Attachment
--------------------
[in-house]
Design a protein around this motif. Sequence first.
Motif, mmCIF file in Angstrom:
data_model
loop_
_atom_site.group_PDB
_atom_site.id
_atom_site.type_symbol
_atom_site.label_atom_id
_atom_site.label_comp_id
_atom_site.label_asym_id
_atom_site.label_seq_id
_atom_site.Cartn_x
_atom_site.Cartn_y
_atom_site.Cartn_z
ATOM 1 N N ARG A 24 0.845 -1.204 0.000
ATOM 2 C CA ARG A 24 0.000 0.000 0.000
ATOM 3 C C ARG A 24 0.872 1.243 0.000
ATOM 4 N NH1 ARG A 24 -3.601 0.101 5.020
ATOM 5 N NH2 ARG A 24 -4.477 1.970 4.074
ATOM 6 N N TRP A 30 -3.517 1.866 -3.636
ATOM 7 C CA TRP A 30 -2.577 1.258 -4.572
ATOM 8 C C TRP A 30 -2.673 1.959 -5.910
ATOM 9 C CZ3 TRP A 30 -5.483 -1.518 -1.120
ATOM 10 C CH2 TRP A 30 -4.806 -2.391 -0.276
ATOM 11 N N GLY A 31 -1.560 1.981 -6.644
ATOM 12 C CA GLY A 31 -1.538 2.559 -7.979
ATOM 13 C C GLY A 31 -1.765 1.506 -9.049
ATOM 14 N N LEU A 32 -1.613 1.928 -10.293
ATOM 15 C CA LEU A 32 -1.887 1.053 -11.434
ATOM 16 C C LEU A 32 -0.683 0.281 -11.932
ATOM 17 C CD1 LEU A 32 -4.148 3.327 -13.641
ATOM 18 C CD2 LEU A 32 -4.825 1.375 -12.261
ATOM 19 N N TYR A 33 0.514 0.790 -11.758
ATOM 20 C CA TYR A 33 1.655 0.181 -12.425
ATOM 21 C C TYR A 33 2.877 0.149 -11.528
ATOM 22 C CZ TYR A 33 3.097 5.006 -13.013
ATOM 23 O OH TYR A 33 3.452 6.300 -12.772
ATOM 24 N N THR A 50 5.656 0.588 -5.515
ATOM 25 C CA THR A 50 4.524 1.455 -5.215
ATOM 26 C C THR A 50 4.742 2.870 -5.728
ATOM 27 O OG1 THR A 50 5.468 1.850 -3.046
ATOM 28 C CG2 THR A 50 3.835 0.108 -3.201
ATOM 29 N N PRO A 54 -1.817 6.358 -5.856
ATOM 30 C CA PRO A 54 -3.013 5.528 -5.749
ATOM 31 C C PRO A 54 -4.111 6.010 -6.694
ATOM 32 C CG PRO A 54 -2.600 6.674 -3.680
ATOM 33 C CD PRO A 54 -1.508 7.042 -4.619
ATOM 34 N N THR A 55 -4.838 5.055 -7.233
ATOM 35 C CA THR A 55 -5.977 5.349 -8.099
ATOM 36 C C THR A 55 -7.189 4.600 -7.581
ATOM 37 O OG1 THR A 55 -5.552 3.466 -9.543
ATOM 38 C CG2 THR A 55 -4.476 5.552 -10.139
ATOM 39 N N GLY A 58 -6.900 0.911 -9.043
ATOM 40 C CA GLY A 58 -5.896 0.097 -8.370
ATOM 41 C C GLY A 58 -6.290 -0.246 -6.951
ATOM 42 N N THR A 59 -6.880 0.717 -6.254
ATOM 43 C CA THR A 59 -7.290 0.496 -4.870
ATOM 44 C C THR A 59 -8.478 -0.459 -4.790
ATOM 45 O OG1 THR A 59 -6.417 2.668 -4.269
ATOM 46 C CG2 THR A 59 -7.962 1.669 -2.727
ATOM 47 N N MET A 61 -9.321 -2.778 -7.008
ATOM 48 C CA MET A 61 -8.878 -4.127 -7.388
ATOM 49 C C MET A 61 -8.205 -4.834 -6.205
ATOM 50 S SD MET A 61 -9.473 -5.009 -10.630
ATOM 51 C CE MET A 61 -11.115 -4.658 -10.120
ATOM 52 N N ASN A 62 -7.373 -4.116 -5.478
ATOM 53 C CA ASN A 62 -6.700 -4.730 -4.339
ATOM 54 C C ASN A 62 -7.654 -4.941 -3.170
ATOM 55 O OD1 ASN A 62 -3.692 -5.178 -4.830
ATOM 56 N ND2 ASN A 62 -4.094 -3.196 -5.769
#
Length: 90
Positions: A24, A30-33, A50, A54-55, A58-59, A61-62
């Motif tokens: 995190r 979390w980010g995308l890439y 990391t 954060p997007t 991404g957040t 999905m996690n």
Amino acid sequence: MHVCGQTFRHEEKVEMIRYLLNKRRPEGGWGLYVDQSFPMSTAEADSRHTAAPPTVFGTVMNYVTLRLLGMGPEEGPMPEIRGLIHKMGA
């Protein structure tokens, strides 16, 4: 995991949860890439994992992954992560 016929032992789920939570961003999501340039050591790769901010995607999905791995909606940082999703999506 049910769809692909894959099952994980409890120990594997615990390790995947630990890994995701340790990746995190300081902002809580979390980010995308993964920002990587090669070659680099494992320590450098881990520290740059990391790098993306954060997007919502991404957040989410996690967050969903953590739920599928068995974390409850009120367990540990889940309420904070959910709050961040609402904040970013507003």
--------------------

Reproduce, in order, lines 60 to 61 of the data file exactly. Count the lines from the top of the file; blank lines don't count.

ATOM 45 O OG1 THR A 59 -6.417 2.668 -4.269
ATOM 46 C CG2 THR A 59 -7.962 1.669 -2.727